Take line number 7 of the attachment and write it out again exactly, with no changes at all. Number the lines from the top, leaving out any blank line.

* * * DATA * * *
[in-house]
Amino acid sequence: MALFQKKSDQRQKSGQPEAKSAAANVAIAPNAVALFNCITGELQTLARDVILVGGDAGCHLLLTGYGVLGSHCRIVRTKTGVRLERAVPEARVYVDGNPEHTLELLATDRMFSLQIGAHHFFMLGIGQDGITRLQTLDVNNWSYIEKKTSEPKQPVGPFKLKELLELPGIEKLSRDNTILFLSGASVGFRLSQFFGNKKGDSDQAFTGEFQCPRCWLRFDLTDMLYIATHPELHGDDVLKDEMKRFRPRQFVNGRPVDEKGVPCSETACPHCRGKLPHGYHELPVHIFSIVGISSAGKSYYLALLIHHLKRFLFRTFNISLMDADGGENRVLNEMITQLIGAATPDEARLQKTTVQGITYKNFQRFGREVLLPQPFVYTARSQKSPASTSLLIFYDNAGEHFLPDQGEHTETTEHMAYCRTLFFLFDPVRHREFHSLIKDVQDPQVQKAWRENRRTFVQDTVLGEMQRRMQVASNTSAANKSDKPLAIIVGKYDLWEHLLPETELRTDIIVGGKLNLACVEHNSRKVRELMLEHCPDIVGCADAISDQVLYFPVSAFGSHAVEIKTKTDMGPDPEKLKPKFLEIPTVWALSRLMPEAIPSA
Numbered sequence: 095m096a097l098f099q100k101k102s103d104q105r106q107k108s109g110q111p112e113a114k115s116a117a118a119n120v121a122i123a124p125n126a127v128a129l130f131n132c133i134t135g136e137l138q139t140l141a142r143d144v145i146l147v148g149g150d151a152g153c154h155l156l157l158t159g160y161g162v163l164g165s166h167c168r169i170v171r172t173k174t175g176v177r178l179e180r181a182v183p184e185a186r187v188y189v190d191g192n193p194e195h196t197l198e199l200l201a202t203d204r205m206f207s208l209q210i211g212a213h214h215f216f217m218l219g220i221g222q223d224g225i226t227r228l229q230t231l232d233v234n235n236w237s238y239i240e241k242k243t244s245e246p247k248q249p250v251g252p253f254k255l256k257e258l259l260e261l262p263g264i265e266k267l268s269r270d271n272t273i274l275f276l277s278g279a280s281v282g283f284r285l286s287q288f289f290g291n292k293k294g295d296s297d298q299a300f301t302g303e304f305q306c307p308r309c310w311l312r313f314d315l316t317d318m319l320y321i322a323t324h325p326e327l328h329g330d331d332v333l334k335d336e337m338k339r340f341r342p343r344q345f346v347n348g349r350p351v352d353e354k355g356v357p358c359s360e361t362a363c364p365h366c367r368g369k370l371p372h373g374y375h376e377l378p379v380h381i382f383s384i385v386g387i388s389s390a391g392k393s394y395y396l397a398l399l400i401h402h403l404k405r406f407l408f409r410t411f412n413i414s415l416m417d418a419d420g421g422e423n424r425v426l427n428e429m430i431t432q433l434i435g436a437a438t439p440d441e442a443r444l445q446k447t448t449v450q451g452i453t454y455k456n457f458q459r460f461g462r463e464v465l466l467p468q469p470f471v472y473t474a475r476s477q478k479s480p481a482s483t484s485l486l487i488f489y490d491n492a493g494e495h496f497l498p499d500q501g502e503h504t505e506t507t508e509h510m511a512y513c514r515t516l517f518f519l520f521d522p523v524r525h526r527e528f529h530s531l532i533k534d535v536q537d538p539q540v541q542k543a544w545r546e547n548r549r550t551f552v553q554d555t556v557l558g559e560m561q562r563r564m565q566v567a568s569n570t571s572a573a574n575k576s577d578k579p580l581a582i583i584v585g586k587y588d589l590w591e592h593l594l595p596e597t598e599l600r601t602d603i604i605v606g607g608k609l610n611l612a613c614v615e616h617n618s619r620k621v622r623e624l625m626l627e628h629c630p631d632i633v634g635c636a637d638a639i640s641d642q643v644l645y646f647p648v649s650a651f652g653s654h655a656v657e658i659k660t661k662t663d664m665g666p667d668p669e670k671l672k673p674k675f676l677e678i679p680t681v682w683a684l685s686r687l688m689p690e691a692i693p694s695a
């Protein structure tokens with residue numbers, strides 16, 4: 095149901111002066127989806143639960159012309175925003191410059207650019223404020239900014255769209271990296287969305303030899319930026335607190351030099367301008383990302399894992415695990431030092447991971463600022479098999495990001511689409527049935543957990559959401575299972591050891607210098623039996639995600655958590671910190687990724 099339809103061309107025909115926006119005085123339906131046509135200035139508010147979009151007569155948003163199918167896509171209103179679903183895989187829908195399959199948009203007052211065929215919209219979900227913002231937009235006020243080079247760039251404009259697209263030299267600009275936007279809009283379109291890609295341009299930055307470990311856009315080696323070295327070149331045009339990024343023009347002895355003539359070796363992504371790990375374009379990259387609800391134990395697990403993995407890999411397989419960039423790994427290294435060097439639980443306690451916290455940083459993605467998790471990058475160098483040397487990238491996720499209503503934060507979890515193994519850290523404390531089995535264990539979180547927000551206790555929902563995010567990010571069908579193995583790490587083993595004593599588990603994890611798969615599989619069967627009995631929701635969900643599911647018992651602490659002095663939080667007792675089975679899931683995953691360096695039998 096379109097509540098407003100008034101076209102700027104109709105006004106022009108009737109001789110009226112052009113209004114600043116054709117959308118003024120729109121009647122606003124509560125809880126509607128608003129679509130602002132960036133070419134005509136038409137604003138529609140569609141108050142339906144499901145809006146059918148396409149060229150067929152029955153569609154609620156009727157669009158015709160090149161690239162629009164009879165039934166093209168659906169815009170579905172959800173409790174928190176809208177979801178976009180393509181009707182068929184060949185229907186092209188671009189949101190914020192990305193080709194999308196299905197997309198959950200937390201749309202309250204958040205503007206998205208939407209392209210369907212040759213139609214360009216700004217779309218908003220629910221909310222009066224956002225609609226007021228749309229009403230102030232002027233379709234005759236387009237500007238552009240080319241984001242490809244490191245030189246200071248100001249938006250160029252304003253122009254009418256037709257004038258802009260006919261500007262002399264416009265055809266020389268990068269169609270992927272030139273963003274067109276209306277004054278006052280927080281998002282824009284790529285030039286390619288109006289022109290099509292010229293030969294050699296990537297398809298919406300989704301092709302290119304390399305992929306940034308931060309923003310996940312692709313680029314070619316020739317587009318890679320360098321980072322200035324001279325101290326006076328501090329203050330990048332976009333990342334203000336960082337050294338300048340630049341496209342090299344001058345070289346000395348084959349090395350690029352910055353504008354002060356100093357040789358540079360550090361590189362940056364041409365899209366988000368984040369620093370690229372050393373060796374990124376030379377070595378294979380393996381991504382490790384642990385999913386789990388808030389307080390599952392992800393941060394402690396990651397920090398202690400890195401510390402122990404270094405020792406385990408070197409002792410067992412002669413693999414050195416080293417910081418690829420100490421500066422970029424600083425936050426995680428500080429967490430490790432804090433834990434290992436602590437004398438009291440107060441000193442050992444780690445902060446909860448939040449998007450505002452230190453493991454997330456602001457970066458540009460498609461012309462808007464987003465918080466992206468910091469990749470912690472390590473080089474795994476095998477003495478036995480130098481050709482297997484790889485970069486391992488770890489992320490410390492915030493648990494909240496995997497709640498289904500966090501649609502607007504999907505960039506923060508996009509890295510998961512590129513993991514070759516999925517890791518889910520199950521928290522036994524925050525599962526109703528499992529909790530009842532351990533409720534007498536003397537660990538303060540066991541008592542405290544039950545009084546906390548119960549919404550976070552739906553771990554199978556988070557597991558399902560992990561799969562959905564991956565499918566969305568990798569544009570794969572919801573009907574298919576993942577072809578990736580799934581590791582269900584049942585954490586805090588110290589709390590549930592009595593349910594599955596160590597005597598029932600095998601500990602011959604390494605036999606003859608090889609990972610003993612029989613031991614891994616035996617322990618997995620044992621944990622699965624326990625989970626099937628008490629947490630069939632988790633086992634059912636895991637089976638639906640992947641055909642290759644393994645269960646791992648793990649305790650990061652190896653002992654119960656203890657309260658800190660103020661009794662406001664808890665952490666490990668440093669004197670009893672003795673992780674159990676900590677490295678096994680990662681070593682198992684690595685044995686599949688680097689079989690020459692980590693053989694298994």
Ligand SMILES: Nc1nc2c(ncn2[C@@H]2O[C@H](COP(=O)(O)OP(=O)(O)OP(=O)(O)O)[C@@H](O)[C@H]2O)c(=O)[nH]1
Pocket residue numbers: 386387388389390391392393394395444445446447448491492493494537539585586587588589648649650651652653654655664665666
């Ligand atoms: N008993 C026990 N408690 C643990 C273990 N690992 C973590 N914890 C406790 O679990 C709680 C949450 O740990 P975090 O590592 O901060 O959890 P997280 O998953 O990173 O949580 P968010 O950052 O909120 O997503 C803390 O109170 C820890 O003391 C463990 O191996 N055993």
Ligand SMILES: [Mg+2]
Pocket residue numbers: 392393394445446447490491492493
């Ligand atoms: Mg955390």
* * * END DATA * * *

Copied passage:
């Ligand atoms: N008993 C026990 N408690 C643990 C273990 N690992 C973590 N914890 C406790 O679990 C709680 C949450 O740990 P975090 O590592 O901060 O959890 P997280 O998953 O990173 O949580 P968010 O950052 O909120 O997503 C803390 O109170 C820890 O003391 C463990 O191996 N055993």